If you have ever brought someone who has never fired a gun before to the range, you know it can be intimidating. It is a big responsibility, both for the person shooting and the person helping them learn. I want to share a few ways to ensure enjoyment, and most of all, safety!
1. Dry fire before you shoot.
Even after you have gone over all the principles of marksmanship and shown the new shooter how to stand, hold the gun, manage recoil, etc., you still want to let the person dry fire. This allows him or her to work the action and understand how much force is needed to pull the trigger. That seems simple to someone who has fired a gun before, but to someone who has not, it’s a helpful step.
You can also teach them what the reset feels like on a pistol or rifle so they know how far they have to let their finger off the trigger in order to shoot again. This is really simple, but a good way to help them understand what will be happening in their hands as they shoot. It’s also a time for you as a mentor to check their grip and how tightly they are holding the gun. This is especially important with pistols. You can also watch them manipulate the gun and make sure they know not to turn with it or point the muzzle any direction but downrange. A common issue new pistol shooters have is turning the gun sideways while they try to manipulate the slide. Dry-fire can help sort that out without introducing ammo.
2. Choose a small caliber.
It might be someone’s dream to shoot your Desert Eagle or M1 Garand, but that isnotwhere you start a first timer! You should grab the trusty .22, with its almost non-existent recoil, and let them start there. This way, they can learn the fundamentals of marksmanship without a lot of recoil to control. Then ease them into the skills they need to manage centerfire rounds like 9 mm.
It’s an even better idea to start with a .22 that easily fits a bipod or off a rest or bag at a table. This will help the shooter keep the gun pointed in a safe direction, mitigate recoil and allow them to easily set the gun down after she or he shoots, which might be necessary for an excited person who wants to celebrate.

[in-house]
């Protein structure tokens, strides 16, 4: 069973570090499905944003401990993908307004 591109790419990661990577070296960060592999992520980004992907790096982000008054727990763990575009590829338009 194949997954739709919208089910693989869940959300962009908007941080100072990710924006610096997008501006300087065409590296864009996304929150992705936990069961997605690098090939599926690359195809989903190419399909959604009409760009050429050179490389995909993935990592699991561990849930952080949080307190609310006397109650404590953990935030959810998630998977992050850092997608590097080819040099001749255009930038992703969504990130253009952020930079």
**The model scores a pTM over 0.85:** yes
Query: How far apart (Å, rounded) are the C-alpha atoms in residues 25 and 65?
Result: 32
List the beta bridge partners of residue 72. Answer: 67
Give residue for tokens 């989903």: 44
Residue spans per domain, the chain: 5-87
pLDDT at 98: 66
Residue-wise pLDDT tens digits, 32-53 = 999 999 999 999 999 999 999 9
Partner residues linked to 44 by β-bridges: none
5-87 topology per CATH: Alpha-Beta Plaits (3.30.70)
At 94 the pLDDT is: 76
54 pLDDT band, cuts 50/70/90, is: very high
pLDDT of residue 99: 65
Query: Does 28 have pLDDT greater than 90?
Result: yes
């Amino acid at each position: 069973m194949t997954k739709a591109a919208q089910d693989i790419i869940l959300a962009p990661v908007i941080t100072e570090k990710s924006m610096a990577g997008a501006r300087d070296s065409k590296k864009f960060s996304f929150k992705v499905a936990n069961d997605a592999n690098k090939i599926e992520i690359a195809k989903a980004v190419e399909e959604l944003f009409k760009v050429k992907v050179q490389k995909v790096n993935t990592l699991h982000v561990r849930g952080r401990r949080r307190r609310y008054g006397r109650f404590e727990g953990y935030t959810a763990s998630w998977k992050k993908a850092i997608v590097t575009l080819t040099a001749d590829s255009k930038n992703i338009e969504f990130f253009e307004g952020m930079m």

3. Use a suppressor.
One of the biggest obstacles to overcome when shooting a firearm is our body’s reaction to noise. There’s a tiny explosion happening in our hands—it’s safe and controlled, but no matter how much we shoot, we cannot turn off our body’s reaction to concussive pressure and noise. Using a suppressor allows the new person to learn safely. They can hear better; they have less of a reaction; and it’s just less intimidating.
4. Load only one round.
The first time shooting a gun is a big deal! It’s a lot of fun. Some people want to keep the piece of brass from the first round they fired. Maybe they are really nervous. If you only load one round, a shooter can’t turn with a loaded gun, and he or she can’t bump-fire during recoil. It’s one and done. This can put people at ease and help you understand if they are going to need more help. Sometimes people can seem confident and safe, but when they shoot, they get excited or surprised. Using only one round for the first shot can help you and them feel more confident. The act of shooting a firearm requires respect and control. It introduces them to the experience without worry about what to do next. You can even do this a few times, and have them dry fire after the first shot so they understand trigger reset and re-acquiring their sight picture. This will also help you, and them, discover if they are flinching.
If you follow these steps, you can ensure a great experience. Set reasonable expectations for someone’s first time shooting a firearm. And set some limits. Focus on safety and accuracy, and the rest will come with time. This will help not only that person come to enjoy the shooting sports, but all those with which they share their story.